Once you agree to walk with him,
you walk the crushed red track
with the disgruntment you’ve been
carrying around for days
ever since you did the math
and realized you were no longer
middle-aged and he tells you how
disgruntment is not a word and how,
second of all, you shouldn’t want
your face to match the poorly-
thought-out sky and how,
in the third place, today’s grey sky
looks like a painting
no one would ever buy.
The track you walk circles
a practice football field
behind the country school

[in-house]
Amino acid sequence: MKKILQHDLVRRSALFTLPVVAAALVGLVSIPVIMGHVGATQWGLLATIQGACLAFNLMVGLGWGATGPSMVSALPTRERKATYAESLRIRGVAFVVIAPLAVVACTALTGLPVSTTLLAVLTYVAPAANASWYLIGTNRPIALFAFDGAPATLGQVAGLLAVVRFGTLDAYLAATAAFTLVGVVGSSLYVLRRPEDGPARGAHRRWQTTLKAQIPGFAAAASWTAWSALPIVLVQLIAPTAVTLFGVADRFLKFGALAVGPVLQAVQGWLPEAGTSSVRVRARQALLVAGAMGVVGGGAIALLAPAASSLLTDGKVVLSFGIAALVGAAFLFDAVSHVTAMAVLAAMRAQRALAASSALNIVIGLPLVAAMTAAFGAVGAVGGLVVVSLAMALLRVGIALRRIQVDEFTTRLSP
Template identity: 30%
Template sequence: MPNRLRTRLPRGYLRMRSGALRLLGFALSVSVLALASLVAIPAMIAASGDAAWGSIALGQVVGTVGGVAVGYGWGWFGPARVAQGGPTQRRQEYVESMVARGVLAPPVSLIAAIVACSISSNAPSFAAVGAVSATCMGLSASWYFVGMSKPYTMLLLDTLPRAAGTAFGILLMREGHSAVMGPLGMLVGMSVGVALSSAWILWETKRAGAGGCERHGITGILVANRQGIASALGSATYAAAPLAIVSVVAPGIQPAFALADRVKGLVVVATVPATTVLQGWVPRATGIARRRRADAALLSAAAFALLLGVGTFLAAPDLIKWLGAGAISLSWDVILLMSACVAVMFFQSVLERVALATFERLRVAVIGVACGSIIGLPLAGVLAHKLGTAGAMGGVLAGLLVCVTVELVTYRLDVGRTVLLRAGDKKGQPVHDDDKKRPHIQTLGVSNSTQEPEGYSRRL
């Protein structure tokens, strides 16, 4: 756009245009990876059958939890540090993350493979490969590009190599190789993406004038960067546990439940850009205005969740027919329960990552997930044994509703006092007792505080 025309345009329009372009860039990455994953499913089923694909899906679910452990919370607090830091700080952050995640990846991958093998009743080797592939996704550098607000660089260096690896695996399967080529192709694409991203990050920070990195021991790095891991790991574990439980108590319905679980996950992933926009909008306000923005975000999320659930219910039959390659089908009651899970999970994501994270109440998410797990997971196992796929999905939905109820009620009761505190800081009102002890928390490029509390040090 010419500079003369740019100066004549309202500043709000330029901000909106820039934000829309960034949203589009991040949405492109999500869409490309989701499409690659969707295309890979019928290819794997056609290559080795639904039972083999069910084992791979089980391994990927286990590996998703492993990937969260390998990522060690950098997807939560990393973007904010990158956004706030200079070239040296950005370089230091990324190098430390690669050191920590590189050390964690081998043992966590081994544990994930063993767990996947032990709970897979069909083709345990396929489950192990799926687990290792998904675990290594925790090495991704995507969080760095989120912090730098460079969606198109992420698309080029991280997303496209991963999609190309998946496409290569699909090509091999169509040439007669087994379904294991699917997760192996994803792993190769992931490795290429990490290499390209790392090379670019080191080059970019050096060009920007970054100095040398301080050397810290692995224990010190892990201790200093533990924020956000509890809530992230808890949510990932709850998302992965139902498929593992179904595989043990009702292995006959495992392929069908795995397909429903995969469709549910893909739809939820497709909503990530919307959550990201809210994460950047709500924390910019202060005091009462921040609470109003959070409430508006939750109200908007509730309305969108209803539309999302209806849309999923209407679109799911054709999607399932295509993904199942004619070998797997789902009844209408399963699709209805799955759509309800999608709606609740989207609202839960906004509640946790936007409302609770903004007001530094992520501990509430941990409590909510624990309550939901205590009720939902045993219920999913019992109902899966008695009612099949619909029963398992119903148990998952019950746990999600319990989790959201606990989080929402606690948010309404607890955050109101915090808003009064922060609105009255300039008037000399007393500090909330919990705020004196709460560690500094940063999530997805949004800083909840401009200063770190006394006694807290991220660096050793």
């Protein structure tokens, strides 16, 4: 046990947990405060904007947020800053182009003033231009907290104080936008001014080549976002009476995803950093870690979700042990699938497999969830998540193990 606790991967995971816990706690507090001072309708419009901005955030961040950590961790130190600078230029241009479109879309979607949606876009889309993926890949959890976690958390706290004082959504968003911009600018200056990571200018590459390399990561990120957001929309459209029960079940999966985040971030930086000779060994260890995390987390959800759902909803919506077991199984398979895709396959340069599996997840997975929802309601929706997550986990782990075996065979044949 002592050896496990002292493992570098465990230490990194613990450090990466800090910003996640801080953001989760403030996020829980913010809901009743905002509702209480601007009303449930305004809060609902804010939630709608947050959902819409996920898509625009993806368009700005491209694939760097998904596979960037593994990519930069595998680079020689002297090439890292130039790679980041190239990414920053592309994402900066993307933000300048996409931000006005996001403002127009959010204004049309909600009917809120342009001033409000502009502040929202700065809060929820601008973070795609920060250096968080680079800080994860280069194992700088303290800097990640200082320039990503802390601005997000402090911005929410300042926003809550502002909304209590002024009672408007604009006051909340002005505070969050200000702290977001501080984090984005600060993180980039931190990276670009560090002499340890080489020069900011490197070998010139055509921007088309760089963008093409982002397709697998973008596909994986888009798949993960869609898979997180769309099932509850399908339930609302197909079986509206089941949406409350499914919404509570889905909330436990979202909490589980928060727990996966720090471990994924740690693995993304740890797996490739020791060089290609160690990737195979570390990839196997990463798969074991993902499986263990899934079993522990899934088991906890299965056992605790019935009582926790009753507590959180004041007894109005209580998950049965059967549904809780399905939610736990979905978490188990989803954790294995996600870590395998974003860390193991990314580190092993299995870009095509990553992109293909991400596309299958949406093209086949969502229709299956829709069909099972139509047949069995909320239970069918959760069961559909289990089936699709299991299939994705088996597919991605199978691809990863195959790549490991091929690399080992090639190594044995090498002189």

funded by Exxon, the only
business in the river bottom
once known as Poverty Flats.
An orange Just Say No Frisbee
abandoned in the outside lane
reminds him of what he didn’t do,
and why he’s here now doing laps,
bagging trash, recovering wind
and strength and friendship.
There’s a softball, lost in deep grass.
His throw falls short
of the tool shed and he mourns
his aging mourn about the increasing
lack of distance in his throw.
You do the math and tell him how,
fourth off, he’s gained two yards
for every three years you’ve known him
and, fifth of all, it’s good he’s quit aiming
for that poorly thought-out sky.